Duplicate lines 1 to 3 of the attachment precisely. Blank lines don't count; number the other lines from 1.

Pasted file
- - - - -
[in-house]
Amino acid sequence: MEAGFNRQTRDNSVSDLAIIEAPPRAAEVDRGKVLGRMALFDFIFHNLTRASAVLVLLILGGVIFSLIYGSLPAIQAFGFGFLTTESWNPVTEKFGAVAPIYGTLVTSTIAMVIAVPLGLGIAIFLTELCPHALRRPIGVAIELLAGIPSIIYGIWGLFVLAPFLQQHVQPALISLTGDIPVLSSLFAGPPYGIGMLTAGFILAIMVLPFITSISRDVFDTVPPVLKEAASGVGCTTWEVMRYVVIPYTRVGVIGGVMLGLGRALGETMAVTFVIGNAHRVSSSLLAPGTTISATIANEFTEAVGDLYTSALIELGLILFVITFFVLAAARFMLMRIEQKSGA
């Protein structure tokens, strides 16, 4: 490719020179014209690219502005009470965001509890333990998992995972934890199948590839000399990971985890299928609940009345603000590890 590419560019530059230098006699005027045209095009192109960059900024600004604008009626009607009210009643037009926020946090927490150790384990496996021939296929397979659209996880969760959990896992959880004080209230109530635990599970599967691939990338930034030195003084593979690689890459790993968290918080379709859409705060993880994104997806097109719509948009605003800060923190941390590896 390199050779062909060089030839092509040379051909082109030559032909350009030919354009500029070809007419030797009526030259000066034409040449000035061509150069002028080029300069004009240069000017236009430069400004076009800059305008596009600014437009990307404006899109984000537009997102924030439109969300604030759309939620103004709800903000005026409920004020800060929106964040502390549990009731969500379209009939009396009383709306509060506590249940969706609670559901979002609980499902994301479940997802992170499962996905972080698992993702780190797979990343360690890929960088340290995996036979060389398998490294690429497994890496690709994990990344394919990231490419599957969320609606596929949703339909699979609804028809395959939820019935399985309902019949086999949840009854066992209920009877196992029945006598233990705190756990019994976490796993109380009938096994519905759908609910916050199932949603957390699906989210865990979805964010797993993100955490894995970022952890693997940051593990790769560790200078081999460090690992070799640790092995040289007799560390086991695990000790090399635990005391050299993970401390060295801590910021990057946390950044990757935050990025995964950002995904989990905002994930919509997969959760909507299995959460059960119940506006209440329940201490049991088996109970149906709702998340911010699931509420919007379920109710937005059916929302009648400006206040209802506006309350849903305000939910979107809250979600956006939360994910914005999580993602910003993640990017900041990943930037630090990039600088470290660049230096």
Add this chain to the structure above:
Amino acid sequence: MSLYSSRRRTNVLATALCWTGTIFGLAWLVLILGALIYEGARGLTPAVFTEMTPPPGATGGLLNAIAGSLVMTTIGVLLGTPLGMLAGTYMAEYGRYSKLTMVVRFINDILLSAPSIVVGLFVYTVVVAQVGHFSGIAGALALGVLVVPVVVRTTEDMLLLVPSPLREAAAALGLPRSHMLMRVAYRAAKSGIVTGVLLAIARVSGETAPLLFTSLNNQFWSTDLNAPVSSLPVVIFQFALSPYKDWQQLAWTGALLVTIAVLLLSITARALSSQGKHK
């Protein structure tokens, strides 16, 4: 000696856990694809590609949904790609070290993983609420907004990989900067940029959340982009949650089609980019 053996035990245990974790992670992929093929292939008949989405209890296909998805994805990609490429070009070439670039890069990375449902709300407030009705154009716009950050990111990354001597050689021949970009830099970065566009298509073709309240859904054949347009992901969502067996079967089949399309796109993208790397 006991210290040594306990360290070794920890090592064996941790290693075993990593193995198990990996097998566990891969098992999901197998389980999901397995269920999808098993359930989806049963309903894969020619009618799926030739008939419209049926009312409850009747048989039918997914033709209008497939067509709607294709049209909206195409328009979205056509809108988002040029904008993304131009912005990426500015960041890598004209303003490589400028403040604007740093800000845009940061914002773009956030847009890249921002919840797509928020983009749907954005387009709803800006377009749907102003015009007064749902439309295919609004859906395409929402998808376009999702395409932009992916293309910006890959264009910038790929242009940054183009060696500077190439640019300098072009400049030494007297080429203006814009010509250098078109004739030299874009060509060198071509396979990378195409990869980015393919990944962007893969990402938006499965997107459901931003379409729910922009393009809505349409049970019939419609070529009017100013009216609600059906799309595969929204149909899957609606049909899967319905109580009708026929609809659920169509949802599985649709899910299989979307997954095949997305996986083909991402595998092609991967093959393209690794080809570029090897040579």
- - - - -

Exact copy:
[in-house]
Amino acid sequence: MEAGFNRQTRDNSVSDLAIIEAPPRAAEVDRGKVLGRMALFDFIFHNLTRASAVLVLLILGGVIFSLIYGSLPAIQAFGFGFLTTESWNPVTEKFGAVAPIYGTLVTSTIAMVIAVPLGLGIAIFLTELCPHALRRPIGVAIELLAGIPSIIYGIWGLFVLAPFLQQHVQPALISLTGDIPVLSSLFAGPPYGIGMLTAGFILAIMVLPFITSISRDVFDTVPPVLKEAASGVGCTTWEVMRYVVIPYTRVGVIGGVMLGLGRALGETMAVTFVIGNAHRVSSSLLAPGTTISATIANEFTEAVGDLYTSALIELGLILFVITFFVLAAARFMLMRIEQKSGA
């Protein structure tokens, strides 16, 4: 490719020179014209690219502005009470965001509890333990998992995972934890199948590839000399990971985890299928609940009345603000590890 590419560019530059230098006699005027045209095009192109960059900024600004604008009626009607009210009643037009926020946090927490150790384990496996021939296929397979659209996880969760959990896992959880004080209230109530635990599970599967691939990338930034030195003084593979690689890459790993968290918080379709859409705060993880994104997806097109719509948009605003800060923190941390590896 390199050779062909060089030839092509040379051909082109030559032909350009030919354009500029070809007419030797009526030259000066034409040449000035061509150069002028080029300069004009240069000017236009430069400004076009800059305008596009600014437009990307404006899109984000537009997102924030439109969300604030759309939620103004709800903000005026409920004020800060929106964040502390549990009731969500379209009939009396009383709306509060506590249940969706609670559901979002609980499902994301479940997802992170499962996905972080698992993702780190797979990343360690890929960088340290995996036979060389398998490294690429497994890496690709994990990344394919990231490419599957969320609606596929949703339909699979609804028809395959939820019935399985309902019949086999949840009854066992209920009877196992029945006598233990705190756990019994976490796993109380009938096994519905759908609910916050199932949603957390699906989210865990979805964010797993993100955490894995970022952890693997940051593990790769560790200078081999460090690992070799640790092995040289007799560390086991695990000790090399635990005391050299993970401390060295801590910021990057946390950044990757935050990025995964950002995904989990905002994930919509997969959760909507299995959460059960119940506006209440329940201490049991088996109970149906709702998340911010699931509420919007379920109710937005059916929302009648400006206040209802506006309350849903305000939910979107809250979600956006939360994910914005999580993602910003993640990017900041990943930037630090990039600088470290660049230096």